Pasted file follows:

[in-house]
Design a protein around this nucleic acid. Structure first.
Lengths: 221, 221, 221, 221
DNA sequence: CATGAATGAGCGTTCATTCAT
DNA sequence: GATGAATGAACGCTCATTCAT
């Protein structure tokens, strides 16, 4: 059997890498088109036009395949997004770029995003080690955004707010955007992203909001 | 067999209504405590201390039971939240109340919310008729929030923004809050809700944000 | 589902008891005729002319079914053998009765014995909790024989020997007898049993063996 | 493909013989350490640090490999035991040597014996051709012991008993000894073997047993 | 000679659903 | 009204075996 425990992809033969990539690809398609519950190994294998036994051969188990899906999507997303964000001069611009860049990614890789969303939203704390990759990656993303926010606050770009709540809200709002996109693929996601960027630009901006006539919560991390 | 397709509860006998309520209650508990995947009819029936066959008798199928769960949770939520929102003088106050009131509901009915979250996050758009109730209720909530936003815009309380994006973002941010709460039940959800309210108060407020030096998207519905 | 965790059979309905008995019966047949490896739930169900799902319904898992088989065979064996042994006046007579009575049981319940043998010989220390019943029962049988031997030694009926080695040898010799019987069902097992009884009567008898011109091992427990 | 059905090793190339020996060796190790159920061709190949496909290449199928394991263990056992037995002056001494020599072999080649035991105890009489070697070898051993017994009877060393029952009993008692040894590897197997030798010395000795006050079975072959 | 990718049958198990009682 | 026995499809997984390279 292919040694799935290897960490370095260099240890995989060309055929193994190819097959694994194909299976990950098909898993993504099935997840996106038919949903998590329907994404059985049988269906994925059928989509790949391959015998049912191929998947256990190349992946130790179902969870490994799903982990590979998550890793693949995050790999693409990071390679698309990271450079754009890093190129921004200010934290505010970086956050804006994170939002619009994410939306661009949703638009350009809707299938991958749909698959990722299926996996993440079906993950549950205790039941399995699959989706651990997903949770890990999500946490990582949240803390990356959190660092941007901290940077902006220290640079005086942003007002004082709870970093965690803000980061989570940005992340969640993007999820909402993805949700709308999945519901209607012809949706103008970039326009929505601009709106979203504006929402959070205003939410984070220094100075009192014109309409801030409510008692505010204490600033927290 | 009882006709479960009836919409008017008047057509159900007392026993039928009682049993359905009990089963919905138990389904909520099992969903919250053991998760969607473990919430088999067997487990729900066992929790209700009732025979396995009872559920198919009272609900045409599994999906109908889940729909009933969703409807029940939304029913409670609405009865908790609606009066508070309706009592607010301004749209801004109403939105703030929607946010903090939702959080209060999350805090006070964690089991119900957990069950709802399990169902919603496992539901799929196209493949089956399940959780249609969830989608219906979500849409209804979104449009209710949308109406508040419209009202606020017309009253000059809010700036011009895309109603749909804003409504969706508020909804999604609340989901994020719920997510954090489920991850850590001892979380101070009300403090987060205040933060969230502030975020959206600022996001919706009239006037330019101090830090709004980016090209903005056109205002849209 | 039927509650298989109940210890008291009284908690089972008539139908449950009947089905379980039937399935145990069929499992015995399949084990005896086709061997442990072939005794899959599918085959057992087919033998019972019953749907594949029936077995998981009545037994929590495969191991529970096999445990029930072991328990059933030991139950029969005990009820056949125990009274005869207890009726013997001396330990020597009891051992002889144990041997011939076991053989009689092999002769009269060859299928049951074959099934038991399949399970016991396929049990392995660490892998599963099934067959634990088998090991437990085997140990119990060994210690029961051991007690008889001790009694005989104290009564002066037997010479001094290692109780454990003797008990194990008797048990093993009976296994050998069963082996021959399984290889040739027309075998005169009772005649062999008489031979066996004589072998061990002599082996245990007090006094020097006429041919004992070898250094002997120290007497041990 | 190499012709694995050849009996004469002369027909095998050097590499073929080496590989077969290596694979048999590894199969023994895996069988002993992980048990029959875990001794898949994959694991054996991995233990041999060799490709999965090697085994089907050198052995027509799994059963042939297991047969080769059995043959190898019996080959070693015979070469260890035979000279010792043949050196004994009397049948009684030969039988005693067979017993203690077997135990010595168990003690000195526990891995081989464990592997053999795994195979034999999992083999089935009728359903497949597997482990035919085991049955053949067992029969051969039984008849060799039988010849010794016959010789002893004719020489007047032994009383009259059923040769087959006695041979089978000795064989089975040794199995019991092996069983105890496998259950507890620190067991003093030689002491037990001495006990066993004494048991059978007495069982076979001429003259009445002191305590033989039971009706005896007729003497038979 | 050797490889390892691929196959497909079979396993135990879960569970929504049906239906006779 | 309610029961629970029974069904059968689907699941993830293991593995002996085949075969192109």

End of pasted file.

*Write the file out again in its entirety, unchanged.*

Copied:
[in-house]
Design a protein around this nucleic acid. Structure first.
Lengths: 221, 221, 221, 221
DNA sequence: CATGAATGAGCGTTCATTCAT
DNA sequence: GATGAATGAACGCTCATTCAT
């Protein structure tokens, strides 16, 4: 059997890498088109036009395949997004770029995003080690955004707010955007992203909001 | 067999209504405590201390039971939240109340919310008729929030923004809050809700944000 | 589902008891005729002319079914053998009765014995909790024989020997007898049993063996 | 493909013989350490640090490999035991040597014996051709012991008993000894073997047993 | 000679659903 | 009204075996 425990992809033969990539690809398609519950190994294998036994051969188990899906999507997303964000001069611009860049990614890789969303939203704390990759990656993303926010606050770009709540809200709002996109693929996601960027630009901006006539919560991390 | 397709509860006998309520209650508990995947009819029936066959008798199928769960949770939520929102003088106050009131509901009915979250996050758009109730209720909530936003815009309380994006973002941010709460039940959800309210108060407020030096998207519905 | 965790059979309905008995019966047949490896739930169900799902319904898992088989065979064996042994006046007579009575049981319940043998010989220390019943029962049988031997030694009926080695040898010799019987069902097992009884009567008898011109091992427990 | 059905090793190339020996060796190790159920061709190949496909290449199928394991263990056992037995002056001494020599072999080649035991105890009489070697070898051993017994009877060393029952009993008692040894590897197997030798010395000795006050079975072959 | 990718049958198990009682 | 026995499809997984390279 292919040694799935290897960490370095260099240890995989060309055929193994190819097959694994194909299976990950098909898993993504099935997840996106038919949903998590329907994404059985049988269906994925059928989509790949391959015998049912191929998947256990190349992946130790179902969870490994799903982990590979998550890793693949995050790999693409990071390679698309990271450079754009890093190129921004200010934290505010970086956050804006994170939002619009994410939306661009949703638009350009809707299938991958749909698959990722299926996996993440079906993950549950205790039941399995699959989706651990997903949770890990999500946490990582949240803390990356959190660092941007901290940077902006220290640079005086942003007002004082709870970093965690803000980061989570940005992340969640993007999820909402993805949700709308999945519901209607012809949706103008970039326009929505601009709106979203504006929402959070205003939410984070220094100075009192014109309409801030409510008692505010204490600033927290 | 009882006709479960009836919409008017008047057509159900007392026993039928009682049993359905009990089963919905138990389904909520099992969903919250053991998760969607473990919430088999067997487990729900066992929790209700009732025979396995009872559920198919009272609900045409599994999906109908889940729909009933969703409807029940939304029913409670609405009865908790609606009066508070309706009592607010301004749209801004109403939105703030929607946010903090939702959080209060999350805090006070964690089991119900957990069950709802399990169902919603496992539901799929196209493949089956399940959780249609969830989608219906979500849409209804979104449009209710949308109406508040419209009202606020017309009253000059809010700036011009895309109603749909804003409504969706508020909804999604609340989901994020719920997510954090489920991850850590001892979380101070009300403090987060205040933060969230502030975020959206600022996001919706009239006037330019101090830090709004980016090209903005056109205002849209 | 039927509650298989109940210890008291009284908690089972008539139908449950009947089905379980039937399935145990069929499992015995399949084990005896086709061997442990072939005794899959599918085959057992087919033998019972019953749907594949029936077995998981009545037994929590495969191991529970096999445990029930072991328990059933030991139950029969005990009820056949125990009274005869207890009726013997001396330990020597009891051992002889144990041997011939076991053989009689092999002769009269060859299928049951074959099934038991399949399970016991396929049990392995660490892998599963099934067959634990088998090991437990085997140990119990060994210690029961051991007690008889001790009694005989104290009564002066037997010479001094290692109780454990003797008990194990008797048990093993009976296994050998069963082996021959399984290889040739027309075998005169009772005649062999008489031979066996004589072998061990002599082996245990007090006094020097006429041919004992070898250094002997120290007497041990 | 190499012709694995050849009996004469002369027909095998050097590499073929080496590989077969290596694979048999590894199969023994895996069988002993992980048990029959875990001794898949994959694991054996991995233990041999060799490709999965090697085994089907050198052995027509799994059963042939297991047969080769059995043959190898019996080959070693015979070469260890035979000279010792043949050196004994009397049948009684030969039988005693067979017993203690077997135990010595168990003690000195526990891995081989464990592997053999795994195979034999999992083999089935009728359903497949597997482990035919085991049955053949067992029969051969039984008849060799039988010849010794016959010789002893004719020489007047032994009383009259059923040769087959006695041979089978000795064989089975040794199995019991092996069983105890496998259950507890620190067991003093030689002491037990001495006990066993004494048991059978007495069982076979001429003259009445002191305590033989039971009706005896007729003497038979 | 050797490889390892691929196959497909079979396993135990879960569970929504049906239906006779 | 309610029961629970029974069904059968689907699941993830293991593995002996085949075969192109």